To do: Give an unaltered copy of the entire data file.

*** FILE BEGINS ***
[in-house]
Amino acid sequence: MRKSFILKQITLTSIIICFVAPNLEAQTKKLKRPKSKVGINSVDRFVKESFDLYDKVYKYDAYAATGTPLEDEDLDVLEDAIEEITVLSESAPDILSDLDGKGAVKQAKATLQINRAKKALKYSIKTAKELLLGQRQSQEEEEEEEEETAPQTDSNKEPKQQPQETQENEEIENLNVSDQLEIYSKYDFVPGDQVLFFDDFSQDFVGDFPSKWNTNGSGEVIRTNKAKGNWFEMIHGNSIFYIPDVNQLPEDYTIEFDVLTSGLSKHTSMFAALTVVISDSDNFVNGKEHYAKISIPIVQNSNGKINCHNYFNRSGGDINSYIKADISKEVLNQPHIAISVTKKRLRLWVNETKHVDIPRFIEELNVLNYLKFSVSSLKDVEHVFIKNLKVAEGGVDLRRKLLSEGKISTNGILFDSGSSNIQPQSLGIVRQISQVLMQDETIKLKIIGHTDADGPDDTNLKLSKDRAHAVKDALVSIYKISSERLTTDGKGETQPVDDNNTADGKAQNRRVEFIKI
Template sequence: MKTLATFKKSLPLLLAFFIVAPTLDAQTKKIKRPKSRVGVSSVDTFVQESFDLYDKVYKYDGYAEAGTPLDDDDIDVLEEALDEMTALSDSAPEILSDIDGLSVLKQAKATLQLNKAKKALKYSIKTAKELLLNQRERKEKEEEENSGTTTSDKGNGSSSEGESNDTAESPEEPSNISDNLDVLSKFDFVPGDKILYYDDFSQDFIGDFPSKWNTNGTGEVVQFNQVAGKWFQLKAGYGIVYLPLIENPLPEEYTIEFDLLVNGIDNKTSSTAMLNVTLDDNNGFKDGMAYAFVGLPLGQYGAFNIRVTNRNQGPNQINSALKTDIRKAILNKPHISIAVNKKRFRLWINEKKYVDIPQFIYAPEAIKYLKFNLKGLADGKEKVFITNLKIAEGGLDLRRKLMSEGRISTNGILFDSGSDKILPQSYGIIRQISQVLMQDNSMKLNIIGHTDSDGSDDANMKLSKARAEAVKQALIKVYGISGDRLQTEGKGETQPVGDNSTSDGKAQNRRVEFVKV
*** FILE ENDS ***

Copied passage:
[in-house]
Amino acid sequence: MRKSFILKQITLTSIIICFVAPNLEAQTKKLKRPKSKVGINSVDRFVKESFDLYDKVYKYDAYAATGTPLEDEDLDVLEDAIEEITVLSESAPDILSDLDGKGAVKQAKATLQINRAKKALKYSIKTAKELLLGQRQSQEEEEEEEEETAPQTDSNKEPKQQPQETQENEEIENLNVSDQLEIYSKYDFVPGDQVLFFDDFSQDFVGDFPSKWNTNGSGEVIRTNKAKGNWFEMIHGNSIFYIPDVNQLPEDYTIEFDVLTSGLSKHTSMFAALTVVISDSDNFVNGKEHYAKISIPIVQNSNGKINCHNYFNRSGGDINSYIKADISKEVLNQPHIAISVTKKRLRLWVNETKHVDIPRFIEELNVLNYLKFSVSSLKDVEHVFIKNLKVAEGGVDLRRKLLSEGKISTNGILFDSGSSNIQPQSLGIVRQISQVLMQDETIKLKIIGHTDADGPDDTNLKLSKDRAHAVKDALVSIYKISSERLTTDGKGETQPVDDNNTADGKAQNRRVEFIKI
Template sequence: MKTLATFKKSLPLLLAFFIVAPTLDAQTKKIKRPKSRVGVSSVDTFVQESFDLYDKVYKYDGYAEAGTPLDDDDIDVLEEALDEMTALSDSAPEILSDIDGLSVLKQAKATLQLNKAKKALKYSIKTAKELLLNQRERKEKEEEENSGTTTSDKGNGSSSEGESNDTAESPEEPSNISDNLDVLSKFDFVPGDKILYYDDFSQDFIGDFPSKWNTNGTGEVVQFNQVAGKWFQLKAGYGIVYLPLIENPLPEEYTIEFDLLVNGIDNKTSSTAMLNVTLDDNNGFKDGMAYAFVGLPLGQYGAFNIRVTNRNQGPNQINSALKTDIRKAILNKPHISIAVNKKRFRLWINEKKYVDIPQFIYAPEAIKYLKFNLKGLADGKEKVFITNLKIAEGGLDLRRKLMSEGRISTNGILFDSGSDKILPQSYGIIRQISQVLMQDNSMKLNIIGHTDSDGSDDANMKLSKARAEAVKQALIKVYGISGDRLQTEGKGETQPVGDNSTSDGKAQNRRVEFVKV